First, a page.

As the latest Lollapalooza tour makes its way across America (and on to Charles Town, W.Va., this Thursday), two points keep recurring: First, that alternative music is now the mainstream, and second, that the punk revolution has finally ended in victory.
As for the first, there's little room for debate. Such second-generation rockers as Bob Dylan, Van Morrison and Pink Floyd are being shouldered aside on radio and TV to make room for next-generation stars like U2, the Cranberries and R.E.M. Look at the charts, and you'll see Live, White Zombie and Soul Asylum outselling Rod Stewart, Elton John and Stevie Wonder. Turn on the radio, and you'll find surprisingly little difference between the bands played on conservative album-oriented rock stations and those preferred by modern-rock outlets.
Bob Seger to the contrary, it seems as if fewer and fewer Americans want "that old-time rock and roll."
But being the new mainstream isn't quite the same as being the music's salvation. Nor is alternarock's success proof that the punk revolution -- if, indeed, it was a revolution -- necessarily ended in victory. In fact, given the amount of argument and anger that has been generated within the alternarock community over issues like "authenticity" and "indie credibility," there's reason to worry that this new aesthetic may be the death of rock and roll.
Start with the way success is seen as a stigma in some circles. It used to be that every rock star hopeful lusted after hit records and packed houses. Some even wrote songs about it -- remember "So You Wanna Be a Rock 'n' Roll Star" by the Byrds? "Ziggy Stardust" by David Bowie? "Juke Box Hero" by Foreigner?
Forget it. Scroll through the alternative music newsgroup on the internet (alt.music.alternative) and you'll find dozens of postings griping that this band or that is too popular or "too MTV" to be alternative. Flip through the pages of music 'zines like Maximum Rock & Roll, and you'll see letters arguing that even attempting to reach a mass audience invalidates the music. Things have gotten to such a state that it wouldn't be surprising to see some cred-conscious band actually go out and urge people not to buy their albums, the way Courtney Love urges Lollapalooza fans to shout obscenities.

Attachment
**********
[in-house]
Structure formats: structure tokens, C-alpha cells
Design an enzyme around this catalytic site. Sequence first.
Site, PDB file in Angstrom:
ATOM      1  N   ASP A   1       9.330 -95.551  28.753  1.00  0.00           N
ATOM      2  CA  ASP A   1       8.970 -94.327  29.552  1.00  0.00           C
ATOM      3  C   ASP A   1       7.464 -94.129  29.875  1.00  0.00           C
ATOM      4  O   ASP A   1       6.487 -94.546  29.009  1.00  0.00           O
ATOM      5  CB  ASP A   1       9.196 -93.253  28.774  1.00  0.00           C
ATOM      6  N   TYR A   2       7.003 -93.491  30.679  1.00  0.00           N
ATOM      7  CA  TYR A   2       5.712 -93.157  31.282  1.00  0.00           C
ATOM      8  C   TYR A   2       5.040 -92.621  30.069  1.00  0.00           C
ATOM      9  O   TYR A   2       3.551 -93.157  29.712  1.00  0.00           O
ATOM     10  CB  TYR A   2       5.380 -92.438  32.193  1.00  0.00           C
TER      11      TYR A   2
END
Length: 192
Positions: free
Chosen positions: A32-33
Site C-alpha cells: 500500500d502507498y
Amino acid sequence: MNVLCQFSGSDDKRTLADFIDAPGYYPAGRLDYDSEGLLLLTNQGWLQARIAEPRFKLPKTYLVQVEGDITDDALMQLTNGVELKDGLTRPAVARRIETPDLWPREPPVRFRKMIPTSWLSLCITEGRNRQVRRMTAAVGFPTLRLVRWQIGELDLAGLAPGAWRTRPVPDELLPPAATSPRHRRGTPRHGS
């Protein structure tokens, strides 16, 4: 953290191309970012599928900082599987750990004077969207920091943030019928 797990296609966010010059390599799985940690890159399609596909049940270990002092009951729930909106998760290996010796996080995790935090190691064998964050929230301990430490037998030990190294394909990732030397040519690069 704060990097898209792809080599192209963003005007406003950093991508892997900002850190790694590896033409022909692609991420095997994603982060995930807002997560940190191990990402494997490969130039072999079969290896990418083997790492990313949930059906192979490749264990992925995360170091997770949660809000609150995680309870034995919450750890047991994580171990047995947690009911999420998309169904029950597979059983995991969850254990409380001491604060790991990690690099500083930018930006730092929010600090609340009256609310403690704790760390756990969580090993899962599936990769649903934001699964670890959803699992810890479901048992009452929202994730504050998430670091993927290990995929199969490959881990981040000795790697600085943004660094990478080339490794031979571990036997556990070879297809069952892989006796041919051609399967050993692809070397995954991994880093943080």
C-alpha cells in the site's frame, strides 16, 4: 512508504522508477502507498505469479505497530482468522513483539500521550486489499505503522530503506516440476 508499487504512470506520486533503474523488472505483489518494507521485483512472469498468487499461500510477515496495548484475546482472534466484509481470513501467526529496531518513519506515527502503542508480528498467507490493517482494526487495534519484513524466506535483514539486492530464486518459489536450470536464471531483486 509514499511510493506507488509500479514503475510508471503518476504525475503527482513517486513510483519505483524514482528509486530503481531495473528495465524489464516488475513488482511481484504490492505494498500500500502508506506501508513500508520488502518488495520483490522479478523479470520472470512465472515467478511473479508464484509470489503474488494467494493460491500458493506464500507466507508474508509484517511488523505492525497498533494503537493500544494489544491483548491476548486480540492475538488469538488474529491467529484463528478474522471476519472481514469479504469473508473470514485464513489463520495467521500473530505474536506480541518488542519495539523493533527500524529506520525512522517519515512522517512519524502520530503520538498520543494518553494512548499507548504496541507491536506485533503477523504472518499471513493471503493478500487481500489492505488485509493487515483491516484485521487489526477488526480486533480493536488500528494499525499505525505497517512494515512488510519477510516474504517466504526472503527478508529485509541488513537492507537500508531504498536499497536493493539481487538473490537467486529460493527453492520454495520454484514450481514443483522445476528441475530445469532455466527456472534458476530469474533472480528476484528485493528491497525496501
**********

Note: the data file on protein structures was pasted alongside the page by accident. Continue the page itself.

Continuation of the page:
What happened? Critic Dave Marsh, in a recent essay, argued that this unease over success stems from the folk music movement and its notion of "authenticity." As he points out, "Folk music scholars . . . insisted that Tin Pan Alley songwriters who used folk elements created 'inauthentic' songs; [real] folk music arose and was passed along anonymously and orally."
Normally, we don't think of folk music scholars as having had much sway with the rock generation, but as Marsh points out, their odd sense of authenticity echoes through the rock era. Authenticity was the issue in 1965, when fans at the Newport Folk Festival booed Bob Dylan for going electric; it was the issue in 1977, when punk rockers snarled that others were just "poseurs"; and it was the issue in 1994, when Kurt Cobain wrote in his suicide note that "The worst crime I could think of would be to pull people off by faking it, pretending as if I'm having 100% fun."
Why did Cobain think that pretending to have fun was such a vile misdeed? Because it was spelled out in what he referred to as "the Punk Rock 101 courses over the years." These weren't actual college classes, of course; it was just an ironic way of describing the ongoing dialog within the alternative music world over just what concepts like authenticity, independence, community and punk rock meant. But the conclusion Cobain reached from those "lessons" speaks to how dangerously skewed the alternarock catechism has become.
Today's alternarockers see the punk explosion of the late '70s as the beginning of modern music history. In their view, punk was a revolution, in which the evil forces of corporate rock -- acts like Pink Floyd, Fleetwood Mac, the Eagles -- were overthrown by the fans, and a new order was established. In the post-punk world, community was valued over commodity, real emotion over calculated spectacle, and do-it-yourself ingenuity over starmaking machinery. This was what bands like the Sex Pistols and the Ramones struggled to establish, and what acts like the Rollins Band and Fugazi strive to maintain.
A neat theory, except for one thing: If punk was such a successful revolution, how come Pink Floyd, Fleetwood Mac and the Eagles still sell albums? It's as if the leaders of the French Revolution had failed to take the Bastille, then announced, "We really won. We're just letting the Bourbons stay on the throne because we don't care about that stuff."